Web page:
How Many Bank Accounts Should A Small Business Have?
Perhaps you are one of the 5.4 million applicants to start a new business in 2021. Now you are establishing your business and taking ownership over your future. Going to your bank to open up an account can help you minimize financial reporting and tracking headaches. However, just how many bank accounts a small business should have is a persistent question in many entrepreneurs’ minds.
Small business bank accounts provide support and allow you to run your business via benefits such as:
- Effective management of expenses
- Reduction of the headaches of running your business’ financial reporting
- Correctly establish your entities structure to support them and your customers
- Pay bills on time without scraping for cash
- Manage funds for taxes transparently and sustainably
Here we will take a close look at the type and number of accounts your business should have.
Establishing an Operational Account
Establishing an operational account gives visibility to the regular income and expenses. Fortunately, this account will let owners and accounting professionals see and manage payroll, contractor costs, rent or mortgage, subscription expenses, and other recurring payments.
Having money set aside for these purposes helps minimize exposure to risk in the form of unexpected operating costs. An operating account means a much-needed separation of ownership and business transactions. Tracking is also made simpler with transactions for businesses on their statement. Profitability is easier to see and manage when clearly defined as separate from other financials.
Tracking cash flow from this account can be simpler if payments are made via a checking account. Some banks offer perks and benefits for their business checking account product. However, you should consider all limits and fees of any account you open. Branch availability, opening balance requirements, domestic and international wire capabilities are noteworthy.
Marketing & Advertising Account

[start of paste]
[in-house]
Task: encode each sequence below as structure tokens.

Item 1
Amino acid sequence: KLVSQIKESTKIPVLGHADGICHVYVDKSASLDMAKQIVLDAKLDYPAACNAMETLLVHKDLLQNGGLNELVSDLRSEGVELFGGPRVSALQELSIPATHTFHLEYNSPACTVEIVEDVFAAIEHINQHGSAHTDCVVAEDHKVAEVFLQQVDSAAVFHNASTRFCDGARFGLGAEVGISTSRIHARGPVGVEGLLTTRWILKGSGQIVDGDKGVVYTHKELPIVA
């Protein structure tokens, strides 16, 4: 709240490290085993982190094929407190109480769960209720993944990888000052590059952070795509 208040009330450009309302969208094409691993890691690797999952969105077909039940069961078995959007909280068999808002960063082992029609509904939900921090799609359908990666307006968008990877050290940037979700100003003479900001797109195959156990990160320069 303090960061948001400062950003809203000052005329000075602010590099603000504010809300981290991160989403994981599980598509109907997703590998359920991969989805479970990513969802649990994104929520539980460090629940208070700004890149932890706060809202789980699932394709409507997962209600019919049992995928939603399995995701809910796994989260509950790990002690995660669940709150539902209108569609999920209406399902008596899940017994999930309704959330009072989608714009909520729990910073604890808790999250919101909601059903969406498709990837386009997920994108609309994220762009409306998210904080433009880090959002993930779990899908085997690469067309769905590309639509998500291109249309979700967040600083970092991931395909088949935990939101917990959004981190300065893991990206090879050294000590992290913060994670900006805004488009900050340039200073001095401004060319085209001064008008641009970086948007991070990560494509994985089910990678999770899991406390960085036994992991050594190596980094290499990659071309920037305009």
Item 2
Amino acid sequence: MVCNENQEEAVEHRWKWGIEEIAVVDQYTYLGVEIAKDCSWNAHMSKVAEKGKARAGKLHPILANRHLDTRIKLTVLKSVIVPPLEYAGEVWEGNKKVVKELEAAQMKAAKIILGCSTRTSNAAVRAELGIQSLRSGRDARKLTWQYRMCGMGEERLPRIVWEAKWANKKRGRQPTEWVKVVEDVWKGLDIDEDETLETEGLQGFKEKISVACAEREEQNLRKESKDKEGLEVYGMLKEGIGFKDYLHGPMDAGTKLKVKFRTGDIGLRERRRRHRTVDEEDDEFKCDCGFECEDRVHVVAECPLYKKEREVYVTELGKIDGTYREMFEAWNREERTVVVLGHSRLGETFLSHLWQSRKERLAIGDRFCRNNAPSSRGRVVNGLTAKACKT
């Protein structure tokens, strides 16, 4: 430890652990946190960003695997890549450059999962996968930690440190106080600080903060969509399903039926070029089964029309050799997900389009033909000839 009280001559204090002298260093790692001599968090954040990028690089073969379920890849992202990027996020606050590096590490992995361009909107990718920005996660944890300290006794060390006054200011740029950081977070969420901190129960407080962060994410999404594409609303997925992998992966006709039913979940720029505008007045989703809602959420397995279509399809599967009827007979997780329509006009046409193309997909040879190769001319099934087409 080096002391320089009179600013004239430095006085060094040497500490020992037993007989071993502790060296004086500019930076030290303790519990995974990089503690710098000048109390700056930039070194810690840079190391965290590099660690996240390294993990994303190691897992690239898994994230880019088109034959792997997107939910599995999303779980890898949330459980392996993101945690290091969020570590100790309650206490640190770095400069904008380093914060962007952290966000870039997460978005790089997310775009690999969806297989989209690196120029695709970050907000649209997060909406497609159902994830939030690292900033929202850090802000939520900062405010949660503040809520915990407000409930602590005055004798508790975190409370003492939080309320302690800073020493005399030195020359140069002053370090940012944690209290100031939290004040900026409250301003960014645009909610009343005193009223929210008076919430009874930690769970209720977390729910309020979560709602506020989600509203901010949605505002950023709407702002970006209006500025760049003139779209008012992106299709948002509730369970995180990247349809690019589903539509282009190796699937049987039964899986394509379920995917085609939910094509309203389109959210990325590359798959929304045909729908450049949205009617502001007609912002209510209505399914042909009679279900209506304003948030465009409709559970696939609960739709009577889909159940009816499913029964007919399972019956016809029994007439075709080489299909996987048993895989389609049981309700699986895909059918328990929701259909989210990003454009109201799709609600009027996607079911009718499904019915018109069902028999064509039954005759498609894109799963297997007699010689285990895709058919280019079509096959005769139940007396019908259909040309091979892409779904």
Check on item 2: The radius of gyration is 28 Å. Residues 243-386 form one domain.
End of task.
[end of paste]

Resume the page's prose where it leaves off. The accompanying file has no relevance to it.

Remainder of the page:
In the era of COVID-19, a growing number of businesses are establishing an online presence. Getting the proper ad placement means spending advertising dollars. As a result, a marketing and advertising account creates a barrier between the investment into marketing and your regular operating expenses. It is often advisable to set aside 20% of monthly profits for marketing. However, your account professional will be best suited to outline a goal for your company’s individual needs.
LinkedIn ads, Instagram marketing, SEO, and other paid ads are a part of your customer acquisition effort and require the necessary investment. When people have mentioned “spending money to make money,” THIS investment is a critical part of that expenditure.
A Business Savings Account
Many instances could lead to an interruption in cash flow. Service disruption, late payment on open invoices, a global pandemic could all throw a serious wrench into the regular flow of things. Moreover, unpredictable marketplace factors can change quickly. Having a business savings account allows owners to establish funds in the event of one of those shifts. Fewer surprises that impact your bottom line mean an increase in longevity and a more sustainable business model.
Savings of 6-9 months of profit may also allow businesses to pivot in downtimes so revenue generation can occur through new means. Buying yourself time during the leaner seasons is essential to staying afloat.
Value of a Tax & Accounting Account
Business owners know that a wise tax strategy plans for tax time in advance. The usual 30% of leftover gross wages is often a suggestion for businesses in their tax and accounting accounts. However, this number may vary, and your tax professional is best suited to advise you on the precise figure.
Building a habit of savings allows for taxes to make less of an impact on overall operating when you are prepared for tax season. Additionally, the burden of taxes is a certainty, so a business can benefit from etching out a place to capture tax and accounting expenses in advance of April 15th.
The Value of a Credit Card Account
Business credit cards bring a level of convenience that a business checkbook simply does not rival. Businesses can access funds for purchases quickly and easily. Also, there is a level of security and protection for these transactions that is not an exact mirror of debit card transactions. But, again, the added benefit of tracking for tax time cannot be overstated.
Interest-free financing is an offering of some banks that many businesses enjoy. Paying for purchases without incurring interest fees is a true perk.
Other Common Accounts
Outside of these five core accounts, business owners also cite opportunity accounts as valuable when a business needs to pivot or capitalize on an opportunity that may arise. For example, an opportunity for more significant revenue may present itself, reducing the hesitancy to make a decision. Additionally, merchant services accounts allow for accepting electronic payments via credit or debit cards if your business requires it.
Your business has needs that you should map out and define. Financial progress means making a plan that is ironclad and supports your goals for the growth and visibility of your business. Each of these five significant accounts has a value that may be right for your business. Talk to your accounting professional or banking team to determine what accounts align with the vision for your enterprise.